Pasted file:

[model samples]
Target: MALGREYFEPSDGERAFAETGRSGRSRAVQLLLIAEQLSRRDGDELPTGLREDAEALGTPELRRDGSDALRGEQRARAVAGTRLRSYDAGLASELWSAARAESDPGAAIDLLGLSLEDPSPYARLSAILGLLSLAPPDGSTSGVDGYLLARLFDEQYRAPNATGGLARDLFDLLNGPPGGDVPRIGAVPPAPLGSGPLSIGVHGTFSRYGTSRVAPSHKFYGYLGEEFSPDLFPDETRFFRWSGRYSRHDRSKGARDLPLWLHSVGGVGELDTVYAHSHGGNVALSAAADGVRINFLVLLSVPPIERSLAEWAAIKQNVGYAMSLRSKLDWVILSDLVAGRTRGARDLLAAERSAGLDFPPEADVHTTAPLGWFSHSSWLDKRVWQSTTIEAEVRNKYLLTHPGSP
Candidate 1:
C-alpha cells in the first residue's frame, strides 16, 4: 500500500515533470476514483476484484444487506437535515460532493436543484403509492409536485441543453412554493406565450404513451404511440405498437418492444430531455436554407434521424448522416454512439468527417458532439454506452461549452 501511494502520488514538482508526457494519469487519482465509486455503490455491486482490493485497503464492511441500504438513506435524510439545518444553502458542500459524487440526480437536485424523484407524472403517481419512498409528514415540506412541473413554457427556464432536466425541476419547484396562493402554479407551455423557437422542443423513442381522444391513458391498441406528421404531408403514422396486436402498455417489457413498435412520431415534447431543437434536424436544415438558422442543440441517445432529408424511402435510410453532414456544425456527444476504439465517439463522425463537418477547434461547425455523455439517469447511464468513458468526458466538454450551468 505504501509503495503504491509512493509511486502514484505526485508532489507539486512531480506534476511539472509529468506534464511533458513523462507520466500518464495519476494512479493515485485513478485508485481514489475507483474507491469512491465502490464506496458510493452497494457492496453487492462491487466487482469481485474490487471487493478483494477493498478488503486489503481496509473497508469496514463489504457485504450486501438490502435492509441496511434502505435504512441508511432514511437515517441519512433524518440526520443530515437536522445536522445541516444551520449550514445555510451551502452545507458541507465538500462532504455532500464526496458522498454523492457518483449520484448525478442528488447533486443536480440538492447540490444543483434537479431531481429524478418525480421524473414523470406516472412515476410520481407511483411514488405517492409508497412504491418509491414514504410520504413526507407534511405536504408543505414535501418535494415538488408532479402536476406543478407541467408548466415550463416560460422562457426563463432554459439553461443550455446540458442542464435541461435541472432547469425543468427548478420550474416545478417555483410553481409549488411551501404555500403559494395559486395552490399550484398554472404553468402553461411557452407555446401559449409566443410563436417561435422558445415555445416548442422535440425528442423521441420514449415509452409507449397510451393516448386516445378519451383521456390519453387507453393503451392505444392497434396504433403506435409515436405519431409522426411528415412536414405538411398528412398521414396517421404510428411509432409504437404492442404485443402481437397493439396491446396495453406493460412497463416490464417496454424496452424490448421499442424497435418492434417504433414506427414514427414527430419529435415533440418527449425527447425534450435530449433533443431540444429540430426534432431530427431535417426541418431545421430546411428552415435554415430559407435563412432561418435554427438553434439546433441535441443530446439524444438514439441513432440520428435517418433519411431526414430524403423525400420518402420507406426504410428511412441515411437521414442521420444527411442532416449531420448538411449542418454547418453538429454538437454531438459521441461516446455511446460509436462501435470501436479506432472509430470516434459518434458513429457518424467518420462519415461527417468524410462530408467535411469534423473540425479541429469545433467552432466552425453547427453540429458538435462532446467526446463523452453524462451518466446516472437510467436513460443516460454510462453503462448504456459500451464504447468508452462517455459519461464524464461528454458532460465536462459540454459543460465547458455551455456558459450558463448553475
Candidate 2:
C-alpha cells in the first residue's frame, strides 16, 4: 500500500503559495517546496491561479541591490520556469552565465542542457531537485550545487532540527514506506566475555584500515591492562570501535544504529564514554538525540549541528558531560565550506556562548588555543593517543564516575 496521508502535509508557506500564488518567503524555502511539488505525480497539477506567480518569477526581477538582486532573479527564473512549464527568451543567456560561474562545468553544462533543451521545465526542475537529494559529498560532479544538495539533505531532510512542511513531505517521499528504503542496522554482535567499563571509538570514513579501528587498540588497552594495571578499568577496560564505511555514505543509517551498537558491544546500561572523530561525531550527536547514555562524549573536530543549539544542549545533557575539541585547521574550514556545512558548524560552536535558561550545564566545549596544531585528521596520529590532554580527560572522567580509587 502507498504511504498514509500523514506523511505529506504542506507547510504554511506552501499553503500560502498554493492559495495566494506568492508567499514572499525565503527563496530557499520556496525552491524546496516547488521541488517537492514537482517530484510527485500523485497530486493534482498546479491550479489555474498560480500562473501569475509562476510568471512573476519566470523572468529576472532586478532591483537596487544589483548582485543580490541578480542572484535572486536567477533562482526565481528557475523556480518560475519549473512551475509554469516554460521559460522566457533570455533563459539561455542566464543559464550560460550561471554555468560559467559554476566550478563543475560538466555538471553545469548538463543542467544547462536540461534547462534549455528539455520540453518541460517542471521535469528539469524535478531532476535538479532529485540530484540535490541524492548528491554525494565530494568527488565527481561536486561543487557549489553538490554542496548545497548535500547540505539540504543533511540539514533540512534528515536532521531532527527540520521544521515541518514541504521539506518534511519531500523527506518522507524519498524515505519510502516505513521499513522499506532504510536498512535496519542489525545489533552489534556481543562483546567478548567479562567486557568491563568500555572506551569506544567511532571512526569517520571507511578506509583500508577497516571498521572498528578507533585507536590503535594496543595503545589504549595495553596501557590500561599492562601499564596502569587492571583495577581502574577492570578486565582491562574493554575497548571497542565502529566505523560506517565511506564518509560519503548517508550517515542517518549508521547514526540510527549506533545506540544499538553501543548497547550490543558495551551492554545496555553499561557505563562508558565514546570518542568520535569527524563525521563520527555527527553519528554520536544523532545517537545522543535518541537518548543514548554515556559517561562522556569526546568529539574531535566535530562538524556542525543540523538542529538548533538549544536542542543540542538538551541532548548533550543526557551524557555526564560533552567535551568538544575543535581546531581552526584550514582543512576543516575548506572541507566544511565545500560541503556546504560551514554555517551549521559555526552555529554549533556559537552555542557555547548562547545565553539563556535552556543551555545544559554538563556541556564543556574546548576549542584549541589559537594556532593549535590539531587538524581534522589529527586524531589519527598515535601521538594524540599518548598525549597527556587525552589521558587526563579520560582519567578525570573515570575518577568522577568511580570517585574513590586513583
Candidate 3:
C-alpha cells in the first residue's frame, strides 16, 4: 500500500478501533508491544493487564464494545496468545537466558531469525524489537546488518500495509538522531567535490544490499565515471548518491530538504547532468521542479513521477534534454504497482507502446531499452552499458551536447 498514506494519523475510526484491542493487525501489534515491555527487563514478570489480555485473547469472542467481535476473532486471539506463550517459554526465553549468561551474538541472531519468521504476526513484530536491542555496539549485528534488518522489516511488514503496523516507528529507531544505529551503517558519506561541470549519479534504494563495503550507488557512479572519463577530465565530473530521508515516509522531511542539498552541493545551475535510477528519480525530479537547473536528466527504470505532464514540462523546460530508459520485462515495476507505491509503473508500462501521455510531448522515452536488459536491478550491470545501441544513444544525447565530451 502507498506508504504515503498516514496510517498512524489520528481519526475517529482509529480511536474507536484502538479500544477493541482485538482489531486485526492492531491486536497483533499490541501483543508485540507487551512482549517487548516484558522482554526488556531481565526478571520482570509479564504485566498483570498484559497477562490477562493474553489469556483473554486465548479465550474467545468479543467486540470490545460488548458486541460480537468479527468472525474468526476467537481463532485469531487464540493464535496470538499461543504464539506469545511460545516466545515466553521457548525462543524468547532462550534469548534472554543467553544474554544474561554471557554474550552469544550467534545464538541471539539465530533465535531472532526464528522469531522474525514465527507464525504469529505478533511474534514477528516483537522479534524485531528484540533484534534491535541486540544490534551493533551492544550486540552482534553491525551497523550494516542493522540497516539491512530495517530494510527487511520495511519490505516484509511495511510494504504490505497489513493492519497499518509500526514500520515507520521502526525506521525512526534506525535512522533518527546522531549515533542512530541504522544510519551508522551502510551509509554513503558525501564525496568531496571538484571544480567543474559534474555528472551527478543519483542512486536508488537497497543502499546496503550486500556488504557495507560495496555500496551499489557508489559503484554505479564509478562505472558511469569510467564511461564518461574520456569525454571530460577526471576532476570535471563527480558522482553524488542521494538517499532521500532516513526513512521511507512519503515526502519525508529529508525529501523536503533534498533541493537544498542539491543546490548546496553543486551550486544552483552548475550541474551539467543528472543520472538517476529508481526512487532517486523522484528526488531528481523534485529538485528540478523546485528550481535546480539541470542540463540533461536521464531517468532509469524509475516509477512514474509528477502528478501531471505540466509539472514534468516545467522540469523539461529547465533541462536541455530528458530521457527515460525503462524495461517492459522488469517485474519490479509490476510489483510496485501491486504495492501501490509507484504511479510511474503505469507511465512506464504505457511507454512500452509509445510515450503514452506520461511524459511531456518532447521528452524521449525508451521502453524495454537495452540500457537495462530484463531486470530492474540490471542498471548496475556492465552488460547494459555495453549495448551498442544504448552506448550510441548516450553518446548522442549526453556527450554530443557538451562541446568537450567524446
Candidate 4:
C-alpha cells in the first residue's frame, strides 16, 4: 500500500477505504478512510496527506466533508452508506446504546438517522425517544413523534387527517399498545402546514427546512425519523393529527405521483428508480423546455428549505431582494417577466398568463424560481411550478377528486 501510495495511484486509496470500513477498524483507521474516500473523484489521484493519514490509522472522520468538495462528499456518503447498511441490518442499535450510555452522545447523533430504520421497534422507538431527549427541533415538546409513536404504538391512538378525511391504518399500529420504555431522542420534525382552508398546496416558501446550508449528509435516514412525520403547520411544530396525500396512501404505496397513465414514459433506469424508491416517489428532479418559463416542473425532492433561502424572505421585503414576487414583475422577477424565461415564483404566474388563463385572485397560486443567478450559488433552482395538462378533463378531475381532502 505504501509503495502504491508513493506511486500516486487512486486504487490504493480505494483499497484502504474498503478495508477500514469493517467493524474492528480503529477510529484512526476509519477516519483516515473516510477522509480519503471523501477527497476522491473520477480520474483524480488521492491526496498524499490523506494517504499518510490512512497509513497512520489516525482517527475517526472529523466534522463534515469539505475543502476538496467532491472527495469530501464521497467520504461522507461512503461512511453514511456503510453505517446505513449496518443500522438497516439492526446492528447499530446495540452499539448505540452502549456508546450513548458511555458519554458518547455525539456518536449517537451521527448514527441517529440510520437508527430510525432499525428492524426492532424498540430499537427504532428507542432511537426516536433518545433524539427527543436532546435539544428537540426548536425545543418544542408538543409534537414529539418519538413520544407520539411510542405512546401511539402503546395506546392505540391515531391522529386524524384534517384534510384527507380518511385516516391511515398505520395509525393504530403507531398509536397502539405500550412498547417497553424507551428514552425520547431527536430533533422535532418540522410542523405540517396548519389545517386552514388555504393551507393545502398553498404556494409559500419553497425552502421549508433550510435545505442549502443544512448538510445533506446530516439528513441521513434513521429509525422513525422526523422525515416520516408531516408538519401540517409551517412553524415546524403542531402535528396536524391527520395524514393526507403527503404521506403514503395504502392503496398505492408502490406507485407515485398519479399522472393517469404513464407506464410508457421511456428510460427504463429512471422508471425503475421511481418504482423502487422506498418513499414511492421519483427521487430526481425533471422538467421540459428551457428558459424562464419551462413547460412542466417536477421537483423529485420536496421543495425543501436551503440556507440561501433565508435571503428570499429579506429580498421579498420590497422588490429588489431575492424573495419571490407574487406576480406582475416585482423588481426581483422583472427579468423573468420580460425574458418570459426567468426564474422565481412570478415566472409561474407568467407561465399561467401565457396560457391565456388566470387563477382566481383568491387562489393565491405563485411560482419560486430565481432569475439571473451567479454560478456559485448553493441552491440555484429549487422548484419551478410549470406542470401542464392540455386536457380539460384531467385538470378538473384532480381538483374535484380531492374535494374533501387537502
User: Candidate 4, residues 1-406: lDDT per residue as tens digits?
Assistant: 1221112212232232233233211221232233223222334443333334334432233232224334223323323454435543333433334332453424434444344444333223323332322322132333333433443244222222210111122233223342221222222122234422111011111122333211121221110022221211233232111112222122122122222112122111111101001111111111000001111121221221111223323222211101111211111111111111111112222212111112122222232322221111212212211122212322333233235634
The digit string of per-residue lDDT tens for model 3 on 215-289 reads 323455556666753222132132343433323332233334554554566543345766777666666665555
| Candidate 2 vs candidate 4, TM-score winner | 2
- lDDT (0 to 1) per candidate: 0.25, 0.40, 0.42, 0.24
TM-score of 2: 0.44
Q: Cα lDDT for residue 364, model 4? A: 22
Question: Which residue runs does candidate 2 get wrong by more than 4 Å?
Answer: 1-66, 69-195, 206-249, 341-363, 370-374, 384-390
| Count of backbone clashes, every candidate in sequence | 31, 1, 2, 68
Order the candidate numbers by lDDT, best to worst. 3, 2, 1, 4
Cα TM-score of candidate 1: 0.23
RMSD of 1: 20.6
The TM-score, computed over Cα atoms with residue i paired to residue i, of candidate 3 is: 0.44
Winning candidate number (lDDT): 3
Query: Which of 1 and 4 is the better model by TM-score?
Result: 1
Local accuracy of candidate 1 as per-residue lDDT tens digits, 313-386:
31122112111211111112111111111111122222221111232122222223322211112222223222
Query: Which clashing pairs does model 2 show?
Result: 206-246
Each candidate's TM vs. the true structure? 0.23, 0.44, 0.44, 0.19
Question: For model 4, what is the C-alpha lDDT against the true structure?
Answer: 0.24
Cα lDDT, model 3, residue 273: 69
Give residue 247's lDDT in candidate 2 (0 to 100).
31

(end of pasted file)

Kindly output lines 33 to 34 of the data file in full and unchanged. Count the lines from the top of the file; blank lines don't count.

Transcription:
Question: For model 4, what is the C-alpha lDDT against the true structure?
Answer: 0.24